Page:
Thursday, March 26, 2020

Forestry and Farming: Challenging perceptions (with a competition winning essay)

Confor (a 'membership organisation for sustainable woodland and forestry businesses') run a competition, #TheFutureIsForestry, that gives a voice to students and young/early career foresters. Through an essay or video submission they respond to a key question associated with forestry.

The question this year was about how to motivate farmers to plant more trees.

Well...

If there was one area in which I felt I had something to say....

As a member of the Birmingham Institute of Forest Research I was definitely placed to enter. My PhD explores the impact of perceptions, preferences and situated expertise on tree planting designs with a focus on tree planting for integrated catchment water/flood managment (a Nature based solution or natural flood management). Now this isn't the primary focus of most 'commercial' forestry, but it is certainly something that falls within their remit. With a move towards ecosystem services this is likely to become an economically valued aspect. The current or percieved difference between 'commercial' forestry and 'woodland management' is one of the aspects I tackled in the essay. 
Tree planting for land/water management can be implemented by a wide range of stakeholders and does include a wide range of stakeholders, particularly farmers and other land managers. 
That means my research is not only forestry related (and to be honest, trees were my primary interest in the project) but that I have also conducted research with landowners / farmers that directly related to this question.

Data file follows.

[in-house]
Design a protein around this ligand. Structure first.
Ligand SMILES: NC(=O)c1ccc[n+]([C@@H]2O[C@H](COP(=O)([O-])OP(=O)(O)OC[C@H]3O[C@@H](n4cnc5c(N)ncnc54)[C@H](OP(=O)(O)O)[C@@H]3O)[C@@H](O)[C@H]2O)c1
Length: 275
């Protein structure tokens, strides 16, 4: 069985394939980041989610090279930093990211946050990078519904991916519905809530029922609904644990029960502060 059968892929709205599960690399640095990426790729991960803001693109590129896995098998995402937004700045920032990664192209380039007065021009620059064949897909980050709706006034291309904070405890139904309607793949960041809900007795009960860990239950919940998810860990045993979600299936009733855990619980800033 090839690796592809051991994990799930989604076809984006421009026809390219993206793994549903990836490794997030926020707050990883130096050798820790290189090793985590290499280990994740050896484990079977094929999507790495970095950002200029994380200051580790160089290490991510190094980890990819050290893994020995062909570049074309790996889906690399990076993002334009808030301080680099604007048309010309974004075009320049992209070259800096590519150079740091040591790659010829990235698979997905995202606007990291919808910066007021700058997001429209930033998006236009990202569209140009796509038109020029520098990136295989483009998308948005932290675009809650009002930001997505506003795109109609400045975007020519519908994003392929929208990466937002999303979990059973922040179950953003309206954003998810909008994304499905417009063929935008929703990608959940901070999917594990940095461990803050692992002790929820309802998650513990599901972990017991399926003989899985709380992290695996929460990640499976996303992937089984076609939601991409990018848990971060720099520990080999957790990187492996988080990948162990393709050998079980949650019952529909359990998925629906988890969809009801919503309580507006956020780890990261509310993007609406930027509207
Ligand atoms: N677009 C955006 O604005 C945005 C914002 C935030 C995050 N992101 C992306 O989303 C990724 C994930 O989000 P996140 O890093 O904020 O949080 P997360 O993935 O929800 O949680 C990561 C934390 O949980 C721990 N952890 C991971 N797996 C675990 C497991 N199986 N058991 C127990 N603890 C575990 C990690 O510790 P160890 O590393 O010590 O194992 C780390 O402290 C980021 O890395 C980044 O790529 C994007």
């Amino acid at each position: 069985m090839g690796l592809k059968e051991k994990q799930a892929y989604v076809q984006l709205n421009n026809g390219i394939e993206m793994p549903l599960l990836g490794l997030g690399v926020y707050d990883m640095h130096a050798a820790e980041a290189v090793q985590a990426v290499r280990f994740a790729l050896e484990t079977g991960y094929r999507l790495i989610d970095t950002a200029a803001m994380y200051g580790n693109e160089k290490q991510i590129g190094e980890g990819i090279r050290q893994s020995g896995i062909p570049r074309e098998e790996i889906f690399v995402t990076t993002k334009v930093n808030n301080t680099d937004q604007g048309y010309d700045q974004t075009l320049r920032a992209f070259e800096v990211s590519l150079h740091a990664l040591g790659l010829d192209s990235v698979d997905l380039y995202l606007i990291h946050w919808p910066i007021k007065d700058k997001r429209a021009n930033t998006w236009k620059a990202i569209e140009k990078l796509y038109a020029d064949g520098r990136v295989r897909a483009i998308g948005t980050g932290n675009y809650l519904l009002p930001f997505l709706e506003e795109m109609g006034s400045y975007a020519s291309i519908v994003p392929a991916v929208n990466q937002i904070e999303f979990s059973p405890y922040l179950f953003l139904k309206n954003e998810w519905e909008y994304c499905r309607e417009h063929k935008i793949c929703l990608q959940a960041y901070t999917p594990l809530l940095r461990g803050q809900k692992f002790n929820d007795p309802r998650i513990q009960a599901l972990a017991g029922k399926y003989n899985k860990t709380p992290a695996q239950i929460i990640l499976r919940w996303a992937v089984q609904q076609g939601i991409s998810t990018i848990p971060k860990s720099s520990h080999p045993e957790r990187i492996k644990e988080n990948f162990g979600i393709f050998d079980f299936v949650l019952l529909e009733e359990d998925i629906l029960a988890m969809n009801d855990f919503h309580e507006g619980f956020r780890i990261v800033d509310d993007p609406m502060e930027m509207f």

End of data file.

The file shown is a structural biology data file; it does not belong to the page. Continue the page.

I couldn't really not respond...

And I pretty much started by arguing that farming might not be the first industry that needed a change of  approach...
Now the traditional perception of forestry might be that this wouldn't go down well. But challenging perceptions was what the essay really was about..

Even so I was pretty surprised when the essay was shortlisted.
I was very surprised when it won.



It says less about my essay craft and more, I think, about the approach of the forestry industry, how it is taking on challenges and adapting at an astonishing pace to a world that is changing, socially, environmentally, fundamentally.

Confor are publishing the essay online, so when that's up I'll link to it here, but there are a couple of key points to note:

  • This was a 1500 word essay, so a lot of the problems are only briefly touched on and summarised
  • This is research I am currently conducting, it's in a place of flux and land management is very very complex. 
  • By saying that farmers want to plant trees I am not saying that all farmers want to hand over their farms to foresters for full conifer plantation (and when you visualise that, remember that your perception of what a conifer plantation is is affected by some bad history, some media and some justified concerns.)
  • This was for the purposes of 'forestry' so tackling the possibility of 'working' woodlands. And not the many many aspects of treescapes that might be for entirely non-commercial purposes, or the sorts of approaches like rewilding etc.

I'm super excited by this, and it's a real impetus to write more about the woodland/trees aspect of what I'm working on. I'll link the essay here when it's been published, and carry on writing as I work..
I a world of change we need some things to focus on.

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Forestry and Farming: Challenging perceptions (with a competition winning essay)

Confor (a 'membership organisation for sustainable woodland and forestry businesses' ) run a competition, #TheFutureIsForestry, that...